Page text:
“Your power’s actually pretty fun to think about.” Chloe’s eyes lit up, figuratively this time. “I love thinking about cool ways to apply abilities. Too bad mine’s so boring.”
“You call flying and ripping concrete apart with your bare hands boring?” I had to admit I couldn’t think of a good, nonviolent, way to make money off a power like that, but for sheer ‘cool’ factor I was hard pressed to come up with better. Every kid wanted to fly, and it was pretty rare for Imbued to get that power. Maybe I can give her a few ideas. “Your forcefield protects your clothes, right? Or things your holding?”
She nodded. “As long as I’m concentrating on my power.”
“I want to test something.” I was already working a strip of metal, thinning it out to a wire thinner than a fishing line and a few feet in length. “Hold this. Be careful, I don’t know if it will cut you.”
She took the wire from my hand. “No, seems fine.” She held up the string, looking closely. “You know, there might be a market for you in jewelry, too. I’ve never seen metal worked this fine before; it’s almost like hair. People would pay good money for stuff like this, precious metal or not.”
“I did look into that, seems like the sort of thing that takes too long to find customers.” I constructed a sword while she was examining my work. I made it almost as sharp as the string Chloe as holding. “Can you protect it with your power, without it cutting you?”
She looked at the weapon I made. “Oh, I think I see what you’re thinking.” Her light extended along the wire, followed by some tentative yanks on the wire. “Looking good so far.” She didn’t wait for me to ask before holding the out in front of her with both hands.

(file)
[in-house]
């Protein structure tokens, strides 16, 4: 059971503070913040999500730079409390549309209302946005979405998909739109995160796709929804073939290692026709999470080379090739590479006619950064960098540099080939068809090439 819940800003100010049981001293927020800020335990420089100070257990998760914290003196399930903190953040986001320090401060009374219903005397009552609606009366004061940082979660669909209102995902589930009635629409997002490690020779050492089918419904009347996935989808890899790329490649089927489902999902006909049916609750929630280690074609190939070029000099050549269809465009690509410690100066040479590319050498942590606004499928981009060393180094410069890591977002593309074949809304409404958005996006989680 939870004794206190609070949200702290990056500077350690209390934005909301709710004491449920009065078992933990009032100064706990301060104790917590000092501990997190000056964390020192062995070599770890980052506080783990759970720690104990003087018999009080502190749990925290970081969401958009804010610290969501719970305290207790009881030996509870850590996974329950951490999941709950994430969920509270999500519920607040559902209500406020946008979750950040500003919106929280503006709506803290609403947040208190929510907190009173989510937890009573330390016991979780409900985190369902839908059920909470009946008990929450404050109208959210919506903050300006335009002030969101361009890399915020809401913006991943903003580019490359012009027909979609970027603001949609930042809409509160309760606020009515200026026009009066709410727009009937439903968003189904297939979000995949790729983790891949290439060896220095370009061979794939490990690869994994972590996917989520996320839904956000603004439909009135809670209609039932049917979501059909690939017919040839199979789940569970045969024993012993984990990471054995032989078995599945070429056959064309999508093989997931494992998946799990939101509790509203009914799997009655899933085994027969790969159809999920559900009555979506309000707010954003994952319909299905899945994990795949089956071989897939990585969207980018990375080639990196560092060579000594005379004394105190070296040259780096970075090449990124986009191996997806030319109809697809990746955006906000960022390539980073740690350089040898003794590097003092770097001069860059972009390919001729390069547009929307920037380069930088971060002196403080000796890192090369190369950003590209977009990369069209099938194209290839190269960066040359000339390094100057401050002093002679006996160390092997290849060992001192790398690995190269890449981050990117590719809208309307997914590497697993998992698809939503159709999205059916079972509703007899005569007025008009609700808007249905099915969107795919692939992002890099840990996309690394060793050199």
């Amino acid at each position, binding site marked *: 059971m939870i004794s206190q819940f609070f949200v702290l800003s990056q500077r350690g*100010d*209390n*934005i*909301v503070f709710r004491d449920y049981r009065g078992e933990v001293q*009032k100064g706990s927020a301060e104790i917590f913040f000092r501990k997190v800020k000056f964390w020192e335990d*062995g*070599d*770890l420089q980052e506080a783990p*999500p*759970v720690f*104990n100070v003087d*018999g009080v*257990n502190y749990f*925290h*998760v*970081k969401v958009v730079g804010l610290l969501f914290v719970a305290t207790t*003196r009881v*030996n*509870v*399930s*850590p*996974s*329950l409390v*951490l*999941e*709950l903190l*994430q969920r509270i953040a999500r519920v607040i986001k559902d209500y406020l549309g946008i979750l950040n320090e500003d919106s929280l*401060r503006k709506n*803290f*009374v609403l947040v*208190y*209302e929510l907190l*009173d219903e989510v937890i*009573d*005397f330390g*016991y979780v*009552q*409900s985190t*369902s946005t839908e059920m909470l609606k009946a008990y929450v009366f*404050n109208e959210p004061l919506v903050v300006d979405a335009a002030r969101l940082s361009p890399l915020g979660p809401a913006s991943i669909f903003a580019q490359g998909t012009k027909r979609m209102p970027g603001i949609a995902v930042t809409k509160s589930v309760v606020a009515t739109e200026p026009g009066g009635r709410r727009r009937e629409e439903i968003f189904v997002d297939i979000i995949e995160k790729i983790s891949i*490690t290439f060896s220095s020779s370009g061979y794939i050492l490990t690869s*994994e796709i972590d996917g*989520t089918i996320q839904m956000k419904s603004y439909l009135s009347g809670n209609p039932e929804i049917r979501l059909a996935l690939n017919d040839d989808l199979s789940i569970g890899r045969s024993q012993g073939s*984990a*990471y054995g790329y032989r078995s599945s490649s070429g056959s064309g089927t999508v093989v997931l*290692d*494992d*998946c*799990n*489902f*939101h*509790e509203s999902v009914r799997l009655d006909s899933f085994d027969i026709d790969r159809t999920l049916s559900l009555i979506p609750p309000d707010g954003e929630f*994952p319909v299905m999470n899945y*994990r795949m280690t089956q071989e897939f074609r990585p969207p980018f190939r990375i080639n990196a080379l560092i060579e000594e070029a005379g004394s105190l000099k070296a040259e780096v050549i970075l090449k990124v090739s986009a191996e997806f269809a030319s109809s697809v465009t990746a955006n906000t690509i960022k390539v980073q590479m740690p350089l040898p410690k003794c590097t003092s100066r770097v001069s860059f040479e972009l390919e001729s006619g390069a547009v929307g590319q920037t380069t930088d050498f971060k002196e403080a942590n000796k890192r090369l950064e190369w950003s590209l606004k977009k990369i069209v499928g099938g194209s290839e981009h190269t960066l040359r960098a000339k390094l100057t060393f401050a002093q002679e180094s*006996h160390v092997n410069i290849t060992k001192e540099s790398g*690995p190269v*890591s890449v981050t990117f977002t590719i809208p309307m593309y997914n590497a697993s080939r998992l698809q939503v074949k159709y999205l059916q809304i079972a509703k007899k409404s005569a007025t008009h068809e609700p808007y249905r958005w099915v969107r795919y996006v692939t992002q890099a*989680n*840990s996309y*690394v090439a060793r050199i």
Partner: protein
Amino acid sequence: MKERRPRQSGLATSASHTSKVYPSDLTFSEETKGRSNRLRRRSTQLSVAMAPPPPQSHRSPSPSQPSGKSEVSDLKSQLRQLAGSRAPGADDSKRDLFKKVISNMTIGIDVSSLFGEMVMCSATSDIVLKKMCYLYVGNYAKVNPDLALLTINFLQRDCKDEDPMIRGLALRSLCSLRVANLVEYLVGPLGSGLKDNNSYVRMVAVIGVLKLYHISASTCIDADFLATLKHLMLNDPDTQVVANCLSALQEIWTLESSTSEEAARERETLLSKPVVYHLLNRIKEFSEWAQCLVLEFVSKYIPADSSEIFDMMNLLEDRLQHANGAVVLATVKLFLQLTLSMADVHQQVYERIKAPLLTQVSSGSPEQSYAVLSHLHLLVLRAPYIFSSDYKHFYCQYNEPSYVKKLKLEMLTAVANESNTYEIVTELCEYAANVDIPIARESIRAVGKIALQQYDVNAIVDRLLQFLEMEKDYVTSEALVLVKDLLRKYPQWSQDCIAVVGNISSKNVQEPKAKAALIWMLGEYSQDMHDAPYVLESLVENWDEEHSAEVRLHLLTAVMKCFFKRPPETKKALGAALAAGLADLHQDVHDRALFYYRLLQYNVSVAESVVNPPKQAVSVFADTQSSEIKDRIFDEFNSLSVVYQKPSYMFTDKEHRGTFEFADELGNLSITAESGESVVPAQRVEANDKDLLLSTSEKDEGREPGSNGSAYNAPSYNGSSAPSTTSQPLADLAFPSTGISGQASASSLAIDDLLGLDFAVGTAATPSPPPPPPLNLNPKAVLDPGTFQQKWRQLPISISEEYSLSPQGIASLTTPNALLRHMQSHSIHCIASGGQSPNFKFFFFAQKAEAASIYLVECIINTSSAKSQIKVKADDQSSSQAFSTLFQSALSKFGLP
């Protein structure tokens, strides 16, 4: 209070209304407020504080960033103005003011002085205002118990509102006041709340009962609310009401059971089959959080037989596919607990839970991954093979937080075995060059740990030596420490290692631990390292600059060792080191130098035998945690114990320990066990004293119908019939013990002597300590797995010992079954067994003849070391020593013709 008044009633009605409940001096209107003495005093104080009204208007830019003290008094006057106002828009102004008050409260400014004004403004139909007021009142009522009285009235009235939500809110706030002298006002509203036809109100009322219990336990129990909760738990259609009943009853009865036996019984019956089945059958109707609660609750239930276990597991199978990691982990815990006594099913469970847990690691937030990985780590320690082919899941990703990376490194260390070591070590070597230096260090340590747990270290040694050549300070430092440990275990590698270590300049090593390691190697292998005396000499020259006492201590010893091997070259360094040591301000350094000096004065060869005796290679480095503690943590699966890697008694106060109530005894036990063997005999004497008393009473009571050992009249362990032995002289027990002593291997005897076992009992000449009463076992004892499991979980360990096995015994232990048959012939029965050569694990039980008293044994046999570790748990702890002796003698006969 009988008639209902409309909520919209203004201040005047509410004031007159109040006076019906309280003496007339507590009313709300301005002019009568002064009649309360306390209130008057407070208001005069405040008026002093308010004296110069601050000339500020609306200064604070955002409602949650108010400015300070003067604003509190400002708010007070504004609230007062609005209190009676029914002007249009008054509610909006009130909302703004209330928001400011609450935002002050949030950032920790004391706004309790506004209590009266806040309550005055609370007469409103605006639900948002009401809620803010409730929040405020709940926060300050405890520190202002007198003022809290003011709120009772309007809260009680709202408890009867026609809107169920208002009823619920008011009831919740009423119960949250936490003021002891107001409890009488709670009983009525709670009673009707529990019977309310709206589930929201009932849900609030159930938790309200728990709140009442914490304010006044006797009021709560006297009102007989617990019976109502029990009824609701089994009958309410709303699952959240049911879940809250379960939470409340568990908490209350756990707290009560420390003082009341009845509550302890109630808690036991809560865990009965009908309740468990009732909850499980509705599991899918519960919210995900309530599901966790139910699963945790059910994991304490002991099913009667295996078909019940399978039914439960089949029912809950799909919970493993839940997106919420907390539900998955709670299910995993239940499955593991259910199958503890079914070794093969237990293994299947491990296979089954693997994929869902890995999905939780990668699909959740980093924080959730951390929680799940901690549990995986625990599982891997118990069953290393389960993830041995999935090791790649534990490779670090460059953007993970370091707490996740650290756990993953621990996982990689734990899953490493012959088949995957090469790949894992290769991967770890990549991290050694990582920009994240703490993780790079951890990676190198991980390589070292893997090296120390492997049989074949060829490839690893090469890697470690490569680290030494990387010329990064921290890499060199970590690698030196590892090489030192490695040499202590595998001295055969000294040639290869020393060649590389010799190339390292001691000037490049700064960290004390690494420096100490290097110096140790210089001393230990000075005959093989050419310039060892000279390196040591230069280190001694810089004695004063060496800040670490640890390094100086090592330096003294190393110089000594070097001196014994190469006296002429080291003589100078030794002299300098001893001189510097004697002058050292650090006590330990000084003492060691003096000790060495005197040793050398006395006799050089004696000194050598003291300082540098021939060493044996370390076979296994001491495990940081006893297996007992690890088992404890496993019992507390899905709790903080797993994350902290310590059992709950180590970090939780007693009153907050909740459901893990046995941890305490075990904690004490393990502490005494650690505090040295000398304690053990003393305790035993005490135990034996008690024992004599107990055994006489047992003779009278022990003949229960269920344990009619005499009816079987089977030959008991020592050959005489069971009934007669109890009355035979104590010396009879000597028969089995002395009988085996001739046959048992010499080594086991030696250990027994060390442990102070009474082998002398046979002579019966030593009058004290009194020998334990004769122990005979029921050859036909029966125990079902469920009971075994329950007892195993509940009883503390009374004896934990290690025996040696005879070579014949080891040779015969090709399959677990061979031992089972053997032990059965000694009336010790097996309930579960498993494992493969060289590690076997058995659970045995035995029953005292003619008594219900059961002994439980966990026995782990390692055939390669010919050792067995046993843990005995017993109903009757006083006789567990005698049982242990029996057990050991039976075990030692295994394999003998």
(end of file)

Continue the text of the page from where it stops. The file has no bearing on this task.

Gently, I tapped the wire with the sword. As thin as it was, even that light hit should have cut through. Instead, the sword stopped just as if I hit a brick wall. “Did that hurt?”
Chloe smirked at me. “Give it a real whack.”
“I just wanted to make sure I wouldn’t cut off your fingers.” I brought the sword up and swung down harder, though nowhere near full strength. There was the spark of metal against metal. It was the sword that chipped.
Without warning, Chloe wrapped the wire around the sword and tugged. Bits of sword dropped to the concrete floor. I wanted to yell at her that she might have hurt herself, but didn’t.
“That is awesome!” She smiled at me. “You can make weapons and I can make them unbreakable!”
“You can already rip apart metal with your hands, I don’t think you need weapons.” Her smile vanished. Damn. “But you can use it for, umm, nonlethal stuff. Like using a bedsheet to stop bullet fire or something. ”
She blinked. “You’re right! I can be one of the ones that gets to wear a cape!” Even I knew that capes had been out of fashion for decades, but Chloe seemed happy about the idea. “Or maybe I can do a sort of ribbon thing! I can’t wait to start designing my costume!” She hopped up and hugged me around the neck. “You’re a genius!”
I savored being close enough to smell the mix of ozone with her perfume. Part of me wanted to stay like that forever. “I guess it’s just easier to think of ideas for other people.” If she kept thanking me like this, I’d have to spend more time thinking of ideas for her. “Maybe tomorrow we can go somewhere and do some power testing?”
“Bea wanted to take me out again.” Damn. “But I think she’ll understand if I cancel.”
Yeah, I bet. “Speaking of, we’re going to have to figure out what to do about our story. Nanna might let you stay one more night, but I think that’s the limit. She’ll want to take you to the church or a woman’s shelter tomorrow.”
Chloe slipped away from me. “Actually, I think I can talk her into letting me stay here.”
“Do you secretly have some kind of mind control?” I was not yet convinced she didn’t.
“Just leave it to me, but I’ve gotta go get changed first.” She turned at ran toward the door. I followed behind, much more slowly. I wasn’t nearly as athletic as Chloe even without injuries. By the time I got in the house, she’d already vanished. I waited in the living room.
After a couple minutes of waiting, Chloe came down from Bea’s room in much more modest clothes. Now that I could make the comparison, I decided I she looked better this way. It served to highlight her intelligence, determination and general confidence. Where the prior outfit just showed off her figure.
Bea followed behind; she stayed true to her ‘figure’ design theory, with a too-small top and pants that had to be cutting off circulation to her legs. Not for the first time, I wondered why she bothered dressing like that at home. There was no one here for her to impress.